Understanding HECS Debt and indexation


Navigating the transition from education to the workforce can be daunting, especially when you factor in financial considerations like HECS-HELP debt. This student loan program, which is unique to Australian higher education, serves as both a support and a concern for graduates. While it provides an avenue for students to pursue tertiary studies without having to pay upfront, its structure and indexing can often lead to misunderstandings and anxiety.


Understanding HECS-HELP

The Higher Education Contribution Scheme (HECS) is an income-contingent loan scheme for students who are enrolled in Commonwealth supported places. This means that the government covers a portion of the cost of higher education and the student pays the remainder, usually through a loan. HECS-HELP specifically encompasses the loan for tuition fees included under the HECS scheme.

  • Who is Eligible for HECS-HELP? Students at an Australian university are eligible for HECS-HELP if they are enrolled in a Commonwealth supported place and are either an Australian citizen, a permanent humanitarian visa holder, a New Zealand Special Category Visa holder, or a permanent visa holder who is undertaking a bridging study for overseas-trained professionals.
  • How Does it Work? Under HECS-HELP, the government covers a share of the tuition fees, and students can choose to either pay the remainder upfront or defer it through the HECS-HELP loan. The loan does not require repayment until the student’s income exceeds the minimum repayment threshold, which is updated annually.
  • Online Services and Information – Students are encouraged to manage their HECS-HELP debt through the Australian Government’s myGov online service, where they can track their debt size, current balance, and previous repayments.


The HECS-HELP Repayment Scheme

Understanding the repayment scheme is crucial for any graduate entering the workforce. The scheme is designed to consider individual income levels, ensuring that repayments are manageable and fair.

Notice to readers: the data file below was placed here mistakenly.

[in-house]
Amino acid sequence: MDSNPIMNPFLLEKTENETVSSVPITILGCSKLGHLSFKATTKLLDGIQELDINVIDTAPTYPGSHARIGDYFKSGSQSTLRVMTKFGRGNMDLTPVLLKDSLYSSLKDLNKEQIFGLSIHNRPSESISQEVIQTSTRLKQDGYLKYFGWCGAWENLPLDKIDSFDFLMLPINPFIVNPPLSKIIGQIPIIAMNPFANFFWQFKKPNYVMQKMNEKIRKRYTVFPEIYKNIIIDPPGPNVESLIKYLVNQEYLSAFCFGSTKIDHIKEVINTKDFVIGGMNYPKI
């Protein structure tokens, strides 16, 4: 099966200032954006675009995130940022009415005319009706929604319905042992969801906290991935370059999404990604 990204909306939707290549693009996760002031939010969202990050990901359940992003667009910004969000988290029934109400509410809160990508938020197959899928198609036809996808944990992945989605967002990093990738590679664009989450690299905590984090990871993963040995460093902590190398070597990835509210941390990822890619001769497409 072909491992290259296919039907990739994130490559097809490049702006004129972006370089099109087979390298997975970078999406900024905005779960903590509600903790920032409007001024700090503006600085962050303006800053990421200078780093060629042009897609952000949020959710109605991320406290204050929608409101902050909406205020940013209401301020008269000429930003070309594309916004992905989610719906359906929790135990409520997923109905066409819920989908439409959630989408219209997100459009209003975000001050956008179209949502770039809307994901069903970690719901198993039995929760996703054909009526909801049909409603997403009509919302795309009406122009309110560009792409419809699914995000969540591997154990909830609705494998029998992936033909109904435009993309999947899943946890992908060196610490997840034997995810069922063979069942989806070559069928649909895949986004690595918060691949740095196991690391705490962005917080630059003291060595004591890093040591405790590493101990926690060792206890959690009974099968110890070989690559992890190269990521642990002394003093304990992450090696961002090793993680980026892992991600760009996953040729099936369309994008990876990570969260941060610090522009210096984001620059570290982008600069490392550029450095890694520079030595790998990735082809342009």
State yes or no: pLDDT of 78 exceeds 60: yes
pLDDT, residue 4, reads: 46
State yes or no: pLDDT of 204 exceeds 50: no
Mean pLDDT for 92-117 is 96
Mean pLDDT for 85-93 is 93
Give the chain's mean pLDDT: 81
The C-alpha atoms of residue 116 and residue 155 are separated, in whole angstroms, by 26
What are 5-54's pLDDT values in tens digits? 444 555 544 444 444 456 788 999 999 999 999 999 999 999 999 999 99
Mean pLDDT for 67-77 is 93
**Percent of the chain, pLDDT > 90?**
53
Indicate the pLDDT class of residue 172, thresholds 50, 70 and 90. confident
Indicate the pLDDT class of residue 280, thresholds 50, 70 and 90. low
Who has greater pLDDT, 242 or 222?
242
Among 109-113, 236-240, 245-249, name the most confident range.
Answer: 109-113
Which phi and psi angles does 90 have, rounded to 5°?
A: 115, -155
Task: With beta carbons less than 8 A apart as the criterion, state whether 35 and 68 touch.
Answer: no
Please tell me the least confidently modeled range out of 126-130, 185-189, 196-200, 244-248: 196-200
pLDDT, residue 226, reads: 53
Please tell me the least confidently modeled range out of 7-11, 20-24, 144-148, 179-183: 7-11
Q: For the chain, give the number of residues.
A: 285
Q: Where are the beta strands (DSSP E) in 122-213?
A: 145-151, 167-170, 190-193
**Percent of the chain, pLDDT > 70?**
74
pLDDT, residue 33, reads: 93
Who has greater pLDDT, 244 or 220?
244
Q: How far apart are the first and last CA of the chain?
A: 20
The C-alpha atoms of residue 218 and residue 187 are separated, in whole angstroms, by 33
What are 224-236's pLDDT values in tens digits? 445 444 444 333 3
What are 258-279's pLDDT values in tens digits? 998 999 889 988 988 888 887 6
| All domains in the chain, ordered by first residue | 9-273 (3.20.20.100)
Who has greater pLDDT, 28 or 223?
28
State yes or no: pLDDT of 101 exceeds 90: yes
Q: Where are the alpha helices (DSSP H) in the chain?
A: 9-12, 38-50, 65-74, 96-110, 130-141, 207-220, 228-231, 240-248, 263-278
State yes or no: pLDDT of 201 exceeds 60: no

• When Does Repayment Start? Repayments commence through the tax system once a graduate’s income reaches the minimum repayment threshold.
  • Repayment Rates and Indexation – The repayment rates are a percentage of the graduate’s income and are determined by their total repayment income. It starts at 1% and increases gradually with income. Indexation is applied annually to the outstanding HELP loan debt, which is calculated using the Consumer Price Index.
  • Voluntary Repayments – Graduates can make voluntary repayments at any time to the ATO, over and above what they are required to repay. These payments can go towards reducing the principal of the debt, meaning they can save on indexation costs over time.

See below the 2023–2024 repayment income thresholds and rates.

Repayment income (RI) Repayment rate
Below $51,550 Nil
$51,550 – $59,518 1.0%
$59,519 – $63,089 2.0%
$63,090 – $66,875 2.5%
$66,876 – $70,888 3.0%
$70,889 – $75,140 3.5%
$75,141 – $79,649 4.0%
$79,650 – $84,429 4.5%
$84,430 – $89,494 5.0%
$89,495 – $94,865 5.5%
$94,866 – $100,557 6.0%
$100,558 – $106,590 6.5%
$106,591 – $112,985 7.0%
$112,986 – $119,764 7.5%
$119,765 – $126,950 8.0%
$126,951 – $134,568 8.5%
$134,569 – $142,642 9.0%
$142,643 – $151,200 9.5%
$151,201 and above 10%


HECS-HELP Debt and Interest

Indexation is the process of adjusting the nominal value of the HECS-HELP debt to maintain its value against inflation. It’s essential for graduates to understand how indexation affects their debt and why it grows, even when they’re not actively making repayments.

  • How is Indexation Calculated? Indexation is calculated by taking the sum of your debt at the start of the financial year and adding the indexation factor. The factor is based on a 10-year treasury bond rate, with additional percentages added to compensate for the risk (interest rate) that the Commonwealth incurs under the loan scheme.
  • Why Does the Debt Grow? One of the common misconceptions about HECS-HELP debt is that it doesn’t grow until a graduate begins making money. In reality, the debt grows annually due to indexation, meaning that graduates are effectively borrowing more each year that it’s not repaid.
  • Minimising Long-term Costs While it’s not possible to avoid indexation entirely, there are strategies graduates can employ to minimise the long-term burden, such as making additional voluntary repayments when possible.


HECS-HELP and Asset Declaration